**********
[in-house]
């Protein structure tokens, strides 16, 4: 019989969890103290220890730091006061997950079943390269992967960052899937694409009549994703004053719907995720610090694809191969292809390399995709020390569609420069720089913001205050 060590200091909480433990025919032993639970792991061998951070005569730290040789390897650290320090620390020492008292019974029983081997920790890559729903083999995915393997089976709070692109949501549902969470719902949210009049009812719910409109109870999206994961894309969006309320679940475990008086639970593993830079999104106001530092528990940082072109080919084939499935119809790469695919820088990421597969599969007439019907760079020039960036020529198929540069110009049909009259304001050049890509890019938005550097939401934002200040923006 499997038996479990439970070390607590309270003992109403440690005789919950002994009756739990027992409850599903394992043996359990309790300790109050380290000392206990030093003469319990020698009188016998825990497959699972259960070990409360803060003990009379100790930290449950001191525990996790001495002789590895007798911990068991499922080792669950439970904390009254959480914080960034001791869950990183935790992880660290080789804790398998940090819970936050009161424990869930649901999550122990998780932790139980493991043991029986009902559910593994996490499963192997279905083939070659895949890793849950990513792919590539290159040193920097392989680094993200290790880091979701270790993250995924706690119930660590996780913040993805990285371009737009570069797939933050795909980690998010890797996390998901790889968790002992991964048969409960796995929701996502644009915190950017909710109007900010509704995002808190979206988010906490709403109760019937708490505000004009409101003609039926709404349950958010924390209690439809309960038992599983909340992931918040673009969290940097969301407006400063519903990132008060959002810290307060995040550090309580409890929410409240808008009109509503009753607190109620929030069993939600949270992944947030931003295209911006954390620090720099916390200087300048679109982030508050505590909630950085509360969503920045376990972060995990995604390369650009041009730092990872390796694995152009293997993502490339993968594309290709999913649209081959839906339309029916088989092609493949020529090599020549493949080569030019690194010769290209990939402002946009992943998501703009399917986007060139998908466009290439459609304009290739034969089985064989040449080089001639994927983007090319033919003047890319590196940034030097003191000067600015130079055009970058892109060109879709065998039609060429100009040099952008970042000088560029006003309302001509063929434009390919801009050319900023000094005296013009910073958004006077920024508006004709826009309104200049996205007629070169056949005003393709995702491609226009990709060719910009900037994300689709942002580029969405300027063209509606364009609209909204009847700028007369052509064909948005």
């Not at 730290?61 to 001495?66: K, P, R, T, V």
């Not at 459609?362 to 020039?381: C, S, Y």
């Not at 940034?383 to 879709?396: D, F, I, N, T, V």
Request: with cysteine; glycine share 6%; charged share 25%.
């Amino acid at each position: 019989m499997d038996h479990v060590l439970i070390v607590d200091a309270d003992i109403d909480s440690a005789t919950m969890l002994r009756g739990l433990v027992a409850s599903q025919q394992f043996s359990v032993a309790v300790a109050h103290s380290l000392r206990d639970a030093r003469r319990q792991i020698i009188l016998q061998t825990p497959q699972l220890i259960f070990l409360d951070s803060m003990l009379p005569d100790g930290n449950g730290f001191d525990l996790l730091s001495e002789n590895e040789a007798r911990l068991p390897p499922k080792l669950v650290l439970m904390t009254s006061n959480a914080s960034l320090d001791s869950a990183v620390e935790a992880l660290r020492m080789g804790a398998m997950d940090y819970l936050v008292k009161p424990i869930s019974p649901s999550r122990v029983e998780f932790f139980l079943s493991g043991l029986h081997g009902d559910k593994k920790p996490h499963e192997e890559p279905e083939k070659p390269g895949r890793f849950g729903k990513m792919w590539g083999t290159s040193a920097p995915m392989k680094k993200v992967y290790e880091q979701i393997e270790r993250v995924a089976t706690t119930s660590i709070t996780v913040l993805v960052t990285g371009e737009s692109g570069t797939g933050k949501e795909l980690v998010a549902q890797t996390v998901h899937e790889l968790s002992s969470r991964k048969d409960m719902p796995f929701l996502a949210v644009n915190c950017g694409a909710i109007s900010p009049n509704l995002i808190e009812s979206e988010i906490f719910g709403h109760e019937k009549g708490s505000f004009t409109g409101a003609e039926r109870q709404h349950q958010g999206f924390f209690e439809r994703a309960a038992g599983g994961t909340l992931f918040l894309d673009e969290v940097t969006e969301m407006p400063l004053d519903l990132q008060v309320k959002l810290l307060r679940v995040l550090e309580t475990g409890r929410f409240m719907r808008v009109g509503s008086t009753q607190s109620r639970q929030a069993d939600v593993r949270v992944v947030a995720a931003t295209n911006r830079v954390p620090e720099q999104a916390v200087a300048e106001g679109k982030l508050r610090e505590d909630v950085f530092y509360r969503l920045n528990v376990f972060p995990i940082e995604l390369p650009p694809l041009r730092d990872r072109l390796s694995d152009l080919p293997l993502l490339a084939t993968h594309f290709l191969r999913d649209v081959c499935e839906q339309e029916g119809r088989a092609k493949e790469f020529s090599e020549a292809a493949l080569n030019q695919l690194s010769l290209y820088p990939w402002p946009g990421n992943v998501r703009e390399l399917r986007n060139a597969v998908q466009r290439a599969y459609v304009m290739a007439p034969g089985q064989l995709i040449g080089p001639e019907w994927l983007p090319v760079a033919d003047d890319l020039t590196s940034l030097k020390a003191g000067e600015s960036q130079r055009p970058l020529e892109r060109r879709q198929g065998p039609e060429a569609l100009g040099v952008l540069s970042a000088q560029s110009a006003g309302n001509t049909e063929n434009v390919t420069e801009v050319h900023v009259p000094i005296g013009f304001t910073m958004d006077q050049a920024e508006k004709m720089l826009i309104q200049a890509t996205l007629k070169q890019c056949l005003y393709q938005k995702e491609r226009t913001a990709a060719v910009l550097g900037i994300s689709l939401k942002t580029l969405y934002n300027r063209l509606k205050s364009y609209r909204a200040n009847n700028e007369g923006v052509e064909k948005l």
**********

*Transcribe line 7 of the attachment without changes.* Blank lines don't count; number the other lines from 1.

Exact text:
């Amino acid at each position: 019989m499997d038996h479990v060590l439970i070390v607590d200091a309270d003992i109403d909480s440690a005789t919950m969890l002994r009756g739990l433990v027992a409850s599903q025919q394992f043996s359990v032993a309790v300790a109050h103290s380290l000392r206990d639970a030093r003469r319990q792991i020698i009188l016998q061998t825990p497959q699972l220890i259960f070990l409360d951070s803060m003990l009379p005569d100790g930290n449950g730290f001191d525990l996790l730091s001495e002789n590895e040789a007798r911990l068991p390897p499922k080792l669950v650290l439970m904390t009254s006061n959480a914080s960034l320090d001791s869950a990183v620390e935790a992880l660290r020492m080789g804790a398998m997950d940090y819970l936050v008292k009161p424990i869930s019974p649901s999550r122990v029983e998780f932790f139980l079943s493991g043991l029986h081997g009902d559910k593994k920790p996490h499963e192997e890559p279905e083939k070659p390269g895949r890793f849950g729903k990513m792919w590539g083999t290159s040193a920097p995915m392989k680094k993200v992967y290790e880091q979701i393997e270790r993250v995924a089976t706690t119930s660590i709070t996780v913040l993805v960052t990285g371009e737009s692109g570069t797939g933050k949501e795909l980690v998010a549902q890797t996390v998901h899937e790889l968790s002992s969470r991964k048969d409960m719902p796995f929701l996502a949210v644009n915190c950017g694409a909710i109007s900010p009049n509704l995002i808190e009812s979206e988010i906490f719910g709403h109760e019937k009549g708490s505000f004009t409109g409101a003609e039926r109870q709404h349950q958010g999206f924390f209690e439809r994703a309960a038992g599983g994961t909340l992931f918040l894309d673009e969290v940097t969006e969301m407006p400063l004053d519903l990132q008060v309320k959002l810290l307060r679940v995040l550090e309580t475990g409890r929410f409240m719907r808008v009109g509503s008086t009753q607190s109620r639970q929030a069993d939600v593993r949270v992944v947030a995720a931003t295209n911006r830079v954390p620090e720099q999104a916390v200087a300048e106001g679109k982030l508050r610090e505590d909630v950085f530092y509360r969503l920045n528990v376990f972060p995990i940082e995604l390369p650009p694809l041009r730092d990872r072109l390796s694995d152009l080919p293997l993502l490339a084939t993968h594309f290709l191969r999913d649209v081959c499935e839906q339309e029916g119809r088989a092609k493949e790469f020529s090599e020549a292809a493949l080569n030019q695919l690194s010769l290209y820088p990939w402002p946009g990421n992943v998501r703009e390399l399917r986007n060139a597969v998908q466009r290439a599969y459609v304009m290739a007439p034969g089985q064989l995709i040449g080089p001639e019907w994927l983007p090319v760079a033919d003047d890319l020039t590196s940034l030097k020390a003191g000067e600015s960036q130079r055009p970058l020529e892109r060109r879709q198929g065998p039609e060429a569609l100009g040099v952008l540069s970042a000088q560029s110009a006003g309302n001509t049909e063929n434009v390919t420069e801009v050319h900023v009259p000094i005296g013009f304001t910073m958004d006077q050049a920024e508006k004709m720089l826009i309104q200049a890509t996205l007629k070169q890019c056949l005003y393709q938005k995702e491609r226009t913001a990709a060719v910009l550097g900037i994300s689709l939401k942002t580029l969405y934002n300027r063209l509606k205050s364009y609209r909204a200040n009847n700028e007369g923006v052509e064909k948005l």